OK, that was dramatic. Please, by all means, step on that scale. But don’t let the results deter you.
Let me paint a typical scenario.
Day 1: Neenu has decided to start exercising. Yet again. She steps on the scale to see what she is up against. She finishes her workout and steps on the scale again. 500 gms lighter!
Day 2: Neenu goes back the next day and steps on the scale. Oh no! She’s somehow managed to put back on the 500 grams. Plus another 200 grams. “It must be that banana I ate after my work out. Or the extra roti.”
So she works out harder. And steps on the scale before leaving. Bingo! Dropped the 500 grams. The extra 200 grams is still bothering her, though. She skips the post work out banana and cuts back on one roti, with the result that she is hungry through most of the day.
Day 3: Neenu is feeling crabby but decides to go for a walk. She comes back feeling refreshed.
Day 4: Re-energized, she goes back to the gym and steps on the scale. WTF?! … and so the cycle continues.
A lot of people quit working out within a couple of weeks of starting. According to one estimate
- Many new exercise “intenders” will abandon their workout routines within two weeks of their New Year’s resolutions, and about half will quit by June
- 67% of gym members never go
- 1/3 of people who buy online fitness and health products never even download them
(See here for complete article and sources). The most common reason after lack of time and injury and/or pain is … DISCOURAGEMENT.
I’m here to tell you – the scale is NOT your friend. And not because of the number it displays. But because it tells only one teeny-weeny part of your story.
When it comes to the weighing scale, it helps to take on the manner of Jeeves.
Why does your weight fluctuate?
I love this image below! The man behind that poor woman personifies all the things that make our weight fluctuate on a daily basis.
Hormones, water retention, how much you sweat, what you ate (high salt intake?), how much water you drank, what time of day you weigh your self. That man behind is all of these things in various proportions.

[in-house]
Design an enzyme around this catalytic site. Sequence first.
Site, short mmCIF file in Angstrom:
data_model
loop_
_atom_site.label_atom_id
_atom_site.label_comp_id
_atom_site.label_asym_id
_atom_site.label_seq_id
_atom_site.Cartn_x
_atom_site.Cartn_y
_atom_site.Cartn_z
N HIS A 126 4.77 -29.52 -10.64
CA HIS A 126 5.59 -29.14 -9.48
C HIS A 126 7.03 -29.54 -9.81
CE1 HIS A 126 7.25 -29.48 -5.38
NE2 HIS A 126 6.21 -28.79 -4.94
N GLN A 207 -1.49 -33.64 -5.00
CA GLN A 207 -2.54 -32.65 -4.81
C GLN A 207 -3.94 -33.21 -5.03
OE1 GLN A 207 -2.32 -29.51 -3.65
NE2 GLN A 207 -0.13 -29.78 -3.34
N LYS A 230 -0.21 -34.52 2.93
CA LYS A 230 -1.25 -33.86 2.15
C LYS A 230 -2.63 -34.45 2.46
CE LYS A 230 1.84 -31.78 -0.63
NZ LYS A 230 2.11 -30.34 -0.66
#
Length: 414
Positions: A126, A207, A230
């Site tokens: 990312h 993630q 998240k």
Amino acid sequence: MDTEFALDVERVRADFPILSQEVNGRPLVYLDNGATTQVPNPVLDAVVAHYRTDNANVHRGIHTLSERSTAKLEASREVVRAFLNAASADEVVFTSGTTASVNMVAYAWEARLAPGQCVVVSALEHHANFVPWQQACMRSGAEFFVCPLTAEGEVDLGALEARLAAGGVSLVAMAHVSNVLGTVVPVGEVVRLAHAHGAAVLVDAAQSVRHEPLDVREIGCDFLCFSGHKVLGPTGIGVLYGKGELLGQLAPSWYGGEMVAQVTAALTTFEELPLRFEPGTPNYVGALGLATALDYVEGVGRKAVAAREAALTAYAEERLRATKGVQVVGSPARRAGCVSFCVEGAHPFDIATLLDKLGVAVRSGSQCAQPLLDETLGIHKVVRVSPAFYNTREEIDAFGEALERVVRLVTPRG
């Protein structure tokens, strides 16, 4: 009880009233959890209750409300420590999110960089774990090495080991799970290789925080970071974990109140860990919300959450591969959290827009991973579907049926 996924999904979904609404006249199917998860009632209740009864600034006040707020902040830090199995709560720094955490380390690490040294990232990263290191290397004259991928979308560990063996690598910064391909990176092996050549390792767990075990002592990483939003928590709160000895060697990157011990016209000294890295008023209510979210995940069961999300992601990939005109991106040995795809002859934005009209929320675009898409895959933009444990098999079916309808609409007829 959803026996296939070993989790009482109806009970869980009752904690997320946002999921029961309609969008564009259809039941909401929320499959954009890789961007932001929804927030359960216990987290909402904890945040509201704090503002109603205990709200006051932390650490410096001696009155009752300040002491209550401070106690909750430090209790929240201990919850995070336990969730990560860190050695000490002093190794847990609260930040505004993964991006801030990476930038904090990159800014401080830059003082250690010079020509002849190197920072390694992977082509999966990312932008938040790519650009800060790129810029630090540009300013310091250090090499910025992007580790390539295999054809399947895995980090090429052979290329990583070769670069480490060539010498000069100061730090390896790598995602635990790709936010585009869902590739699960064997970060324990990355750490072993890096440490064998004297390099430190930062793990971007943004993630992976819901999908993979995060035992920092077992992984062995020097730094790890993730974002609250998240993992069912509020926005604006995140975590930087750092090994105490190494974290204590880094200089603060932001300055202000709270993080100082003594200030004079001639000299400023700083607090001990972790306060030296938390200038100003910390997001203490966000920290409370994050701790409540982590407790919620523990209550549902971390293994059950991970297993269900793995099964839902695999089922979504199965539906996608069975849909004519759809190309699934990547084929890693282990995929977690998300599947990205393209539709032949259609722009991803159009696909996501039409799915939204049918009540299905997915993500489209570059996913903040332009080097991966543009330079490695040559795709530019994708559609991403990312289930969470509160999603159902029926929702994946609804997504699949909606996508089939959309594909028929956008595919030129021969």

Your weight will fluctuate on an hourly basis.
So, what does it mean? How do I keep track of my progress?
First, know your weight. But also ensure that you get a full body composition analysis done. Know your fat and muscle percentage, fat distribution and bone density. Like I’ve mentioned earlier, two people can have the exact same weight and height and yet have very different body composition. Muscle weight is GOOD. Extra fat % are NOT.
Second, give yourself time. My suggestion would be, ideally, mark down a date & time every month (e.g. 1st of every month, in the morning, before workout) to step on the scale. Similar time of hormonal cycle etc will make the results more comparable. If you cannot keep away for a month, keep your check to a maximum of weekly.
Third, each month, track changes in your fat and muscle proportions. I was introduced to this about 5 years back when I was training for my first (and as of now, only) half marathon, with Rujuta Diwekar. I always thought that my thighs were the heavy part in my body. They were, but interestingly, while the fat % was higher than desired (that was an all over issue), my muscle percentage was higher than average too! Score! This meant that I could continue with my regular lower body training, increase upper body strengthening (an area found wanting) and focus on my diet to start the process of burning more fat. If my lower body muscle % had been lower, I would have significantly increased strength training for the lower body too. (Just realized, I don’t even remember what happened to my weight during that period)!
Fourth, celebrate weight loss, but make sure that you are losing the right weight.
Fifth, I know it is demotivating to step on a scale after months of effort and seeing little or no change. Make sure that you don’t lose focus on the right things.
You are fitter.
You are healthier.
You have more energy.
You have more control.
You are getting closer to becoming YOU.
If you want to read more, go to Nerd Fitness. Steve’s blog is very informative and extremely interesting to read! Love the lego pictures 🙂